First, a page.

Sunday, November 2, 2008

Pavlov’s Dogs in Church

The Noon Mass today at my parish in Manhattan celebrated the feast of All Souls by integrating the Fauré “Requiem” into the liturgy (Novus Ordo in English). It was beautifully performed and gave a highly dignified, aesthetically pleasing tone to the day. One thing did amuse me, however.

For whatever reason the soprano solo, “Pie Jesu” (which it has been my pleasure to sing for several concerts and funerals in the past) is set to follow the “Sanctus”, where normally there would be a “Benedictus”. Occasionally, in previous instances where I have heard or performed the piece in a real liturgy, the “Pie Jesu” has been shifted to Communion time. Today it was performed in its original place. This caused so much confusion among parishioners when it ended that I could only think of Pavlov’s dogs. Instead of standing or kneeling for the Consecration, which was the appropriate action, some were sitting, some were standing, some kneeling. (I was kneeling, in case you want to know.)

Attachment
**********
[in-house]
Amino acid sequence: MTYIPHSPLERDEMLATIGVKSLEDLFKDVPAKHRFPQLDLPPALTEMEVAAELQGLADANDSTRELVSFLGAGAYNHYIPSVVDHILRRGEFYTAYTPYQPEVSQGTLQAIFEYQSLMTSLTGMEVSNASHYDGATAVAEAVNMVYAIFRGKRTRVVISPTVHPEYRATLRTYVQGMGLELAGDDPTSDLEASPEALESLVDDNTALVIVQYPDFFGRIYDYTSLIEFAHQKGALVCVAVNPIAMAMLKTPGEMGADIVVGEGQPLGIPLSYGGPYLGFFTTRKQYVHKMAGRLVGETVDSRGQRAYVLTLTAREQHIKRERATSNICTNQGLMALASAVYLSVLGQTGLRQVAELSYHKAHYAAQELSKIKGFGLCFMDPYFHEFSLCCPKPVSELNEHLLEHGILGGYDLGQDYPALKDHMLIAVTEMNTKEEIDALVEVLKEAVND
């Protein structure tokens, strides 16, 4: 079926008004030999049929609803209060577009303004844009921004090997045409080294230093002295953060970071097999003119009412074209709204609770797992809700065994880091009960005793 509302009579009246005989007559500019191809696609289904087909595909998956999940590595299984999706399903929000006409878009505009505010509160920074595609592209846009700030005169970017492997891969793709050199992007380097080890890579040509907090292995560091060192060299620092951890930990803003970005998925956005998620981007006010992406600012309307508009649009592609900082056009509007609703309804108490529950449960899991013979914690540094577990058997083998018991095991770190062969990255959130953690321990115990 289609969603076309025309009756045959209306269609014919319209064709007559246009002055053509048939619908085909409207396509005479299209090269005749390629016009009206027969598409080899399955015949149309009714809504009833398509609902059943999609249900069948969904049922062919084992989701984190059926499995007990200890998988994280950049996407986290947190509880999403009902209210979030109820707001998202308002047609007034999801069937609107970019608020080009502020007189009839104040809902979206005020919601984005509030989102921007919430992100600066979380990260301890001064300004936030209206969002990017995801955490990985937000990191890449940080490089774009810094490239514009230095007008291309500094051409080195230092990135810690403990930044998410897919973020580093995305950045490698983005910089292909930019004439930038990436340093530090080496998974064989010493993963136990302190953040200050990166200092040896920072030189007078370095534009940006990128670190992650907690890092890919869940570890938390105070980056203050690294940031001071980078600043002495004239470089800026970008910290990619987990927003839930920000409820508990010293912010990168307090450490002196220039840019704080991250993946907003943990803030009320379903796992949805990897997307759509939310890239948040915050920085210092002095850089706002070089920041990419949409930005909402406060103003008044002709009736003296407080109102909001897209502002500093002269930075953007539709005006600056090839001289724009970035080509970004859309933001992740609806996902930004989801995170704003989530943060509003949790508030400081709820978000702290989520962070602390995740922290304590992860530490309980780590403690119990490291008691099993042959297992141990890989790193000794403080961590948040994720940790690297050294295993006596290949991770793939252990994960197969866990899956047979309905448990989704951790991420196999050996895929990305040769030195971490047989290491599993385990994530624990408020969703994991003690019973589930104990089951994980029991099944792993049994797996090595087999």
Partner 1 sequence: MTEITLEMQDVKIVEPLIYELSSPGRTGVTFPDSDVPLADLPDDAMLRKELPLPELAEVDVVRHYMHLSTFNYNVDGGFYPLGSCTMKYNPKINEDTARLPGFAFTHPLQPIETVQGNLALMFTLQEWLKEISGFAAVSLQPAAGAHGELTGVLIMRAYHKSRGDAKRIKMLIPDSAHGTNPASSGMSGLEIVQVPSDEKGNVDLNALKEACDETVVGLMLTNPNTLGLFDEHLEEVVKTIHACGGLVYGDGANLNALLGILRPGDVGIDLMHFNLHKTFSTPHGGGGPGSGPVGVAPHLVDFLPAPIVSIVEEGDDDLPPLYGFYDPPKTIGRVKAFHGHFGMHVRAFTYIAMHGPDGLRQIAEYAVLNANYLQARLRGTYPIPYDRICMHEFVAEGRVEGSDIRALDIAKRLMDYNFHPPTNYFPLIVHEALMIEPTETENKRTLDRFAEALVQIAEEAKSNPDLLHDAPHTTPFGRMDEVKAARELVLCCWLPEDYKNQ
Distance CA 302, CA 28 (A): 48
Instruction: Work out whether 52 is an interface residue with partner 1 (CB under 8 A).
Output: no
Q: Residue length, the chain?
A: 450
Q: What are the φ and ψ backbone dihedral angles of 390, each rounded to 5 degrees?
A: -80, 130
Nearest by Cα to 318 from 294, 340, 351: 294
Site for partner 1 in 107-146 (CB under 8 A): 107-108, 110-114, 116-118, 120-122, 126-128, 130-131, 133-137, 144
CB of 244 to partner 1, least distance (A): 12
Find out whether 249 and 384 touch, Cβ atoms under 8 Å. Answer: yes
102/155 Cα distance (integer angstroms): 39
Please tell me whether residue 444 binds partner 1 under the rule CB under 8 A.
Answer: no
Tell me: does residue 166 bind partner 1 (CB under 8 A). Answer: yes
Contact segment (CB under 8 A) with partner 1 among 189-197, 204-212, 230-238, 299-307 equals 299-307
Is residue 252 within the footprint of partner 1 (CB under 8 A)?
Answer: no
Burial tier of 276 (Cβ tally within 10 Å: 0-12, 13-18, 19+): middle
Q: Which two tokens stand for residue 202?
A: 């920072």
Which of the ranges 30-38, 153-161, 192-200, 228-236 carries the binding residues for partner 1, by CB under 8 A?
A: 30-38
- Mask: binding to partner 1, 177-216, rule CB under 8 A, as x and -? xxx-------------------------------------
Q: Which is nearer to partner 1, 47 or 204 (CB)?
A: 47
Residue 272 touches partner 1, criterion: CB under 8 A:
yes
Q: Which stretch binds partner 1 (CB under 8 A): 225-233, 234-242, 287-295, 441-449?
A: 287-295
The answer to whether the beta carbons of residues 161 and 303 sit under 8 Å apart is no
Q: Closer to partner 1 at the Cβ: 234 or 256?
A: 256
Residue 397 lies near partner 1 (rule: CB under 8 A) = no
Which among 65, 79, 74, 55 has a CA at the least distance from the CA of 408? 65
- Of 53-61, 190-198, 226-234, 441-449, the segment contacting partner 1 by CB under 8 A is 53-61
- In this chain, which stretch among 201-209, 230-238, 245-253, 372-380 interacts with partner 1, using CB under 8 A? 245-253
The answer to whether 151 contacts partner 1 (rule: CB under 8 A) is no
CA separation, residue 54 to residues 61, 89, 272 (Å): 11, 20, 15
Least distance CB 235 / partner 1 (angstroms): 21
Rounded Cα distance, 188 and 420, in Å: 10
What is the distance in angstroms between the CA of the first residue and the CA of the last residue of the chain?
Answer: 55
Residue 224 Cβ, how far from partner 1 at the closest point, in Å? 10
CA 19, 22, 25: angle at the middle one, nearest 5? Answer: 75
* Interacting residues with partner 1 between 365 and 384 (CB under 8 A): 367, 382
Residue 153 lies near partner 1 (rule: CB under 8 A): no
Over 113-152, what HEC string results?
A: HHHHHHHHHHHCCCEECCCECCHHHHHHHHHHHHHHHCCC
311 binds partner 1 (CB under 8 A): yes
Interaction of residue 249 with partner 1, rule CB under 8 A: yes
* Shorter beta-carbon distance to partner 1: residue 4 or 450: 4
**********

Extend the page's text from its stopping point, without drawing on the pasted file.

Clearly, the sitters, who appeared to make up the majority of the congregation, had lost their place because of an unfamiliar event. Which leads me to wonder, what does this say about people’s attentiveness at Mass to begin with? Ah, it’s that snake again!